Arbitrator to decide issue of class arbitrability. The Second Circuit now reversed, holding that although the absent class members had not affirmatively opted in to the arbitration proceeding, by signing the RESOLVE agreement, they consented to the arbitrator’s authority to decide the threshold question of whether the agreement permitted class arbitration. Each of the absent class members undisputedly signed the agreement, which clearly provided for the application of the American Arbitration Association (AAA) Rules. And the AAA Supplementary Rules for Class Arbitration provide that “the arbitrator shall determine as a threshold matter whether the applicable arbitration clause permits the arbitration to proceed on behalf of a class.” The incorporation of the AAA Rules thus evinced agreement to have the arbitrator decide the question of class arbitrability.

“Clearly and unmistakably.” Moreover, the RESOLVE agreement provided that the arbitrator shall decide “questions of arbitrability” and “procedural questions.” And this was also consistent with Ohio law, where the issue of whether an arbitration agreement permits class procedures “is to be decided by the arbitrator” when the parties “have clearly and unmistakably vested the arbitrator with the authority to decide the issue of arbitrability,” such as here.

Because the absent class members thus “bargained for the arbitrator’s construction of their agreement” with respect to class arbitrability, the arbitrator acted within her authority in purporting to bind the absent class members to class procedures. By virtue of the absent class members’ contractually expressed consent, they—like the parties—may be bound by the arbitrator’s determination that the agreement permitted class procedures regardless of whether that determination was “wrong as a matter of law.” Thus, the court’s reasoning in Jock I applied “with equal force to the absent class members” and it was not for the court to decide whether the arbitrator’s class certification decision was correct on the merits. Rather, it only decided that the arbitrator had the authority to reach such issues even with respect to absent class members.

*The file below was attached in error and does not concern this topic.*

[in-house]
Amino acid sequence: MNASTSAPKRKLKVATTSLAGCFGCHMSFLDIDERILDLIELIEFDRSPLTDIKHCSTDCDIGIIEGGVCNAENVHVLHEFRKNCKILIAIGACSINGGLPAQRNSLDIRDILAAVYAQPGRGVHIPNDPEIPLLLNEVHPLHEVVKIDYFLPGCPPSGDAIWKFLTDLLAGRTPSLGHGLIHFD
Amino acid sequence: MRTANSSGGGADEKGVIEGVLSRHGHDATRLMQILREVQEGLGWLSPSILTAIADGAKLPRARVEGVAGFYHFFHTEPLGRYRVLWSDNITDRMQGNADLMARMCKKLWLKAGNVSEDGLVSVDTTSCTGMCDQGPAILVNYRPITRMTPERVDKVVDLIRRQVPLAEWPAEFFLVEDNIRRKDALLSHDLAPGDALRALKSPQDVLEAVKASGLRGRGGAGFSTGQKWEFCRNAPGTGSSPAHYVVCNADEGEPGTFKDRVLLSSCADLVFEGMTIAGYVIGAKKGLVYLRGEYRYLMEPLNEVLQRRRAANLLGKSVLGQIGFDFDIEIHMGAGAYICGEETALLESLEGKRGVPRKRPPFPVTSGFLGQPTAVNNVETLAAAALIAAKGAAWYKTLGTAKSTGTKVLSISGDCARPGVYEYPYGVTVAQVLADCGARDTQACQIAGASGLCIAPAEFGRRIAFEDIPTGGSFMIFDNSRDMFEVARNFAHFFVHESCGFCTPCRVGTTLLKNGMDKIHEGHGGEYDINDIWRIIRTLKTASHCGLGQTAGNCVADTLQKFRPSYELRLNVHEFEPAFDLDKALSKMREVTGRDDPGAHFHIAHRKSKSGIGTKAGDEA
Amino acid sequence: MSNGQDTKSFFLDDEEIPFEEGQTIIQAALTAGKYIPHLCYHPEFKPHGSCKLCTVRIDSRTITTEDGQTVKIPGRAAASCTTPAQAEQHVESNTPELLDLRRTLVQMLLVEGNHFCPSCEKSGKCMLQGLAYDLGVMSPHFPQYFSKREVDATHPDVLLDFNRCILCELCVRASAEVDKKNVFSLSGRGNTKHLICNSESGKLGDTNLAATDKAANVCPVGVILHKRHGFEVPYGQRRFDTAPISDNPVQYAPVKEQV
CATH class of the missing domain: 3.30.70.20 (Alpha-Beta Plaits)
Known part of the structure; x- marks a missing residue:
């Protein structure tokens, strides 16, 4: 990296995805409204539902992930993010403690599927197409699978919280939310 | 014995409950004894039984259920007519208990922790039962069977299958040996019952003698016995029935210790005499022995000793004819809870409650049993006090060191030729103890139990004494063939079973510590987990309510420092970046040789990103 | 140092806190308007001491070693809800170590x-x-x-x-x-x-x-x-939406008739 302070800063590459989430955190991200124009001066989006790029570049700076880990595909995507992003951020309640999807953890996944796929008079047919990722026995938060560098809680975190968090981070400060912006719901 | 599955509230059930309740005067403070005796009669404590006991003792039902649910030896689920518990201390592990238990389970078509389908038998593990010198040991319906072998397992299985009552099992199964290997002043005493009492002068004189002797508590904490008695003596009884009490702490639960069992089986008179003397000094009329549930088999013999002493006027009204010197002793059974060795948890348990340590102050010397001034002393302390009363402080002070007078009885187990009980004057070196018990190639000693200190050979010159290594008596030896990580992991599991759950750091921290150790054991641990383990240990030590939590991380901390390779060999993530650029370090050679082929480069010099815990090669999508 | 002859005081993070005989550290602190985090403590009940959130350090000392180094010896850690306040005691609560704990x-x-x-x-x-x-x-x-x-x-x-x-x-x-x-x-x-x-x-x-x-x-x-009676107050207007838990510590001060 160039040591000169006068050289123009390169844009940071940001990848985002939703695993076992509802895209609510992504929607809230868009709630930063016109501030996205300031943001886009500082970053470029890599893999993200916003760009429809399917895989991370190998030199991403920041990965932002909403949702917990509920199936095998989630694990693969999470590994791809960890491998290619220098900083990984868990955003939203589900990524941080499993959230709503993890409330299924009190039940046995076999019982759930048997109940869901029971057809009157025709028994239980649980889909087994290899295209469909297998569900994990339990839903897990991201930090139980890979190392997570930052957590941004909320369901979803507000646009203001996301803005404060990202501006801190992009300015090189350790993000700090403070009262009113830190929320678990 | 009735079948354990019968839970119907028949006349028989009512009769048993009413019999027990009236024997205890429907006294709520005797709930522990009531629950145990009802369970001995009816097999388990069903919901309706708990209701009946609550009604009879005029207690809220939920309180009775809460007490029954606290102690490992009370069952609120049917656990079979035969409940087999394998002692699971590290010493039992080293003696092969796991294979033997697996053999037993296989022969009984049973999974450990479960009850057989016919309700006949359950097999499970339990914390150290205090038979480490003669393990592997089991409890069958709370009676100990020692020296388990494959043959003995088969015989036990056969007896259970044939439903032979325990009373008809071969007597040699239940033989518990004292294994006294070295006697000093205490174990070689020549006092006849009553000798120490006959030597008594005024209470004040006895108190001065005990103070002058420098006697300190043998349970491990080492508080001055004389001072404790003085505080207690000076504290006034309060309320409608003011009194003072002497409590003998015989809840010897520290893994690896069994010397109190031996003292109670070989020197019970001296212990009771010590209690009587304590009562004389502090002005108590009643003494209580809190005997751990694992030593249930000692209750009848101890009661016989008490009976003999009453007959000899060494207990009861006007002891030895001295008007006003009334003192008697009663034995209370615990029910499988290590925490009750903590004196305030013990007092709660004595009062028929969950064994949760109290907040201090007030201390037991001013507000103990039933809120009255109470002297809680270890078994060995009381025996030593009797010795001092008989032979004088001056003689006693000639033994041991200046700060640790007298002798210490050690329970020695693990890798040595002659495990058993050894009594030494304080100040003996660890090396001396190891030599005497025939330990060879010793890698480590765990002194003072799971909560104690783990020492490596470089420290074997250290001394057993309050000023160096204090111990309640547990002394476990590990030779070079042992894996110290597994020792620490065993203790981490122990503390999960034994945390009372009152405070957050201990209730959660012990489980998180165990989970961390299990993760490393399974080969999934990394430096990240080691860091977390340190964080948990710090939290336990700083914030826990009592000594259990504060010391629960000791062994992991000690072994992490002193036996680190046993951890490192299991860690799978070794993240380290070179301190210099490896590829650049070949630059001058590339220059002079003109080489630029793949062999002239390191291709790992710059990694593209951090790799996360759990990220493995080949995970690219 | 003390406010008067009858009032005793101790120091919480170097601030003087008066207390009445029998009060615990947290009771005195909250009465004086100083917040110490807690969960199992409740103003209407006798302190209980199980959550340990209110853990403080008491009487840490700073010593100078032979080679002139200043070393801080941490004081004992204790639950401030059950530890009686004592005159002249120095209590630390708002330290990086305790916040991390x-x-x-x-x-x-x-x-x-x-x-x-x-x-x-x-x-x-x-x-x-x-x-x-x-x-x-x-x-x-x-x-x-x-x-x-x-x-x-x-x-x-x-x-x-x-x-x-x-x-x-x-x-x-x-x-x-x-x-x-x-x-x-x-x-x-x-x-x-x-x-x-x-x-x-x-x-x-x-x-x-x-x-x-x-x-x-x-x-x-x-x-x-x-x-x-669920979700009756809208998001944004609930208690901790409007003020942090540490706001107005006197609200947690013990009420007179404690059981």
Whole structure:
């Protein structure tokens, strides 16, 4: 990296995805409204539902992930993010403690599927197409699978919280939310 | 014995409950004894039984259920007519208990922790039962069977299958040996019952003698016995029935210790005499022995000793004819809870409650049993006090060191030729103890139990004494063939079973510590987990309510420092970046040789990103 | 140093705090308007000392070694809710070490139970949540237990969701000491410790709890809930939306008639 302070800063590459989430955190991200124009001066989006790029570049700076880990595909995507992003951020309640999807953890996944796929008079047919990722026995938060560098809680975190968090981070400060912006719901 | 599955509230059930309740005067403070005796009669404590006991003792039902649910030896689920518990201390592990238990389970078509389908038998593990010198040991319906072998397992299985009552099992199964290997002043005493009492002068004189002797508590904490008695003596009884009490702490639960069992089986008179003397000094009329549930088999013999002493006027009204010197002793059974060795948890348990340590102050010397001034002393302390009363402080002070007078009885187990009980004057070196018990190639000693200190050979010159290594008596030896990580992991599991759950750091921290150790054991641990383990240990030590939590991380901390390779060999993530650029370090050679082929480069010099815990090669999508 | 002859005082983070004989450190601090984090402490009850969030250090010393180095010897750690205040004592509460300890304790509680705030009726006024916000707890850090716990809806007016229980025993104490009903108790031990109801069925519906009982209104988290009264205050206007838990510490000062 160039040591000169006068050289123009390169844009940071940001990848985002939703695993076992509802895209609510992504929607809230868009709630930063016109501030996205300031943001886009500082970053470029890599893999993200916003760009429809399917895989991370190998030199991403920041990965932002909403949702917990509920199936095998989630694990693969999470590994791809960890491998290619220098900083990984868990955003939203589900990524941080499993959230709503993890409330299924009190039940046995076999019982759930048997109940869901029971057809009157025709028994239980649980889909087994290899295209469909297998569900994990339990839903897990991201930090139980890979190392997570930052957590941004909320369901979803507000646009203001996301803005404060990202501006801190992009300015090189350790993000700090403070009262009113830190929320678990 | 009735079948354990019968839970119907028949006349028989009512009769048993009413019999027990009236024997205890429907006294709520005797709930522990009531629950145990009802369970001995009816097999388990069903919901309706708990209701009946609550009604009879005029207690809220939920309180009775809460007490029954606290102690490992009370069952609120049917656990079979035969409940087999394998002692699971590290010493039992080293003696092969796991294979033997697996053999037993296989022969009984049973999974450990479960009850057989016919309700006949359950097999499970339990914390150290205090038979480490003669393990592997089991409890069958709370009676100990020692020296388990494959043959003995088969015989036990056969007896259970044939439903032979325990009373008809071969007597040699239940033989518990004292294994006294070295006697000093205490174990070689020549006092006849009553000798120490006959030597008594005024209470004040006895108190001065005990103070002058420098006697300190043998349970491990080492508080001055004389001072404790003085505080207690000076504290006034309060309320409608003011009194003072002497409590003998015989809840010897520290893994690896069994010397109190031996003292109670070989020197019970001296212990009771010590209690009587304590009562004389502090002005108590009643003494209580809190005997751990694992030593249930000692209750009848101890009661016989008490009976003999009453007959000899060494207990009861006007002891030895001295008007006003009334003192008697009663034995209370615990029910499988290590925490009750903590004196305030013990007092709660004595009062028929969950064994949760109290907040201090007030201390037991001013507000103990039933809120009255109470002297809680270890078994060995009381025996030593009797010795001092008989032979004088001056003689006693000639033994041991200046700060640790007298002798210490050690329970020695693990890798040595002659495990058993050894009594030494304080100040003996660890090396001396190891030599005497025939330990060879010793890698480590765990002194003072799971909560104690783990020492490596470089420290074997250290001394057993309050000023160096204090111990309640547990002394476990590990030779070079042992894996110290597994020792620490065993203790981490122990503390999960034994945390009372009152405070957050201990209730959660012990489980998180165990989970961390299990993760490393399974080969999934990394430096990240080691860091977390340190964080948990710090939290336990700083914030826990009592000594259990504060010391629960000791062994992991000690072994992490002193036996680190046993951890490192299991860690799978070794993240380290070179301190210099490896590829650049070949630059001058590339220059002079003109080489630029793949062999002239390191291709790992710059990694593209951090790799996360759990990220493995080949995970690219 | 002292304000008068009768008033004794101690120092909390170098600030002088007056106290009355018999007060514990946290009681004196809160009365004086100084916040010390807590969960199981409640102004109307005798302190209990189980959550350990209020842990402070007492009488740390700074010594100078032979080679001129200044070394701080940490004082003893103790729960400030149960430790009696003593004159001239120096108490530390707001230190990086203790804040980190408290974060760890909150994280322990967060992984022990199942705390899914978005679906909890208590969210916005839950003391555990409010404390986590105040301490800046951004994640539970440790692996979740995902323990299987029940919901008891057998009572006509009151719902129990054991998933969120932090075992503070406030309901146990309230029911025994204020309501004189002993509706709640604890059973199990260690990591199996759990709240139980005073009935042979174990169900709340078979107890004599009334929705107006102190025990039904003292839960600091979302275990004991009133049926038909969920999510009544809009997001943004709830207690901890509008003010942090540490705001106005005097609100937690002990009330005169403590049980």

Was opt-out class okay? However, while the Second Circuit found that the arbitrator acted within her authority in purporting to bind the absent class members to class proceedings, it remained to be decided whether she exceeded her authority in certifying an opt-out, as opposed to a mandatory, class for injunctive and declaratory relief. In the decision vacated in Jock II, the district court held that in the arbitrator had exceeded her authority in this regard. Because the correctness of that conclusion was not at issue on appeal, the district court was ordered to decide that issue on remand.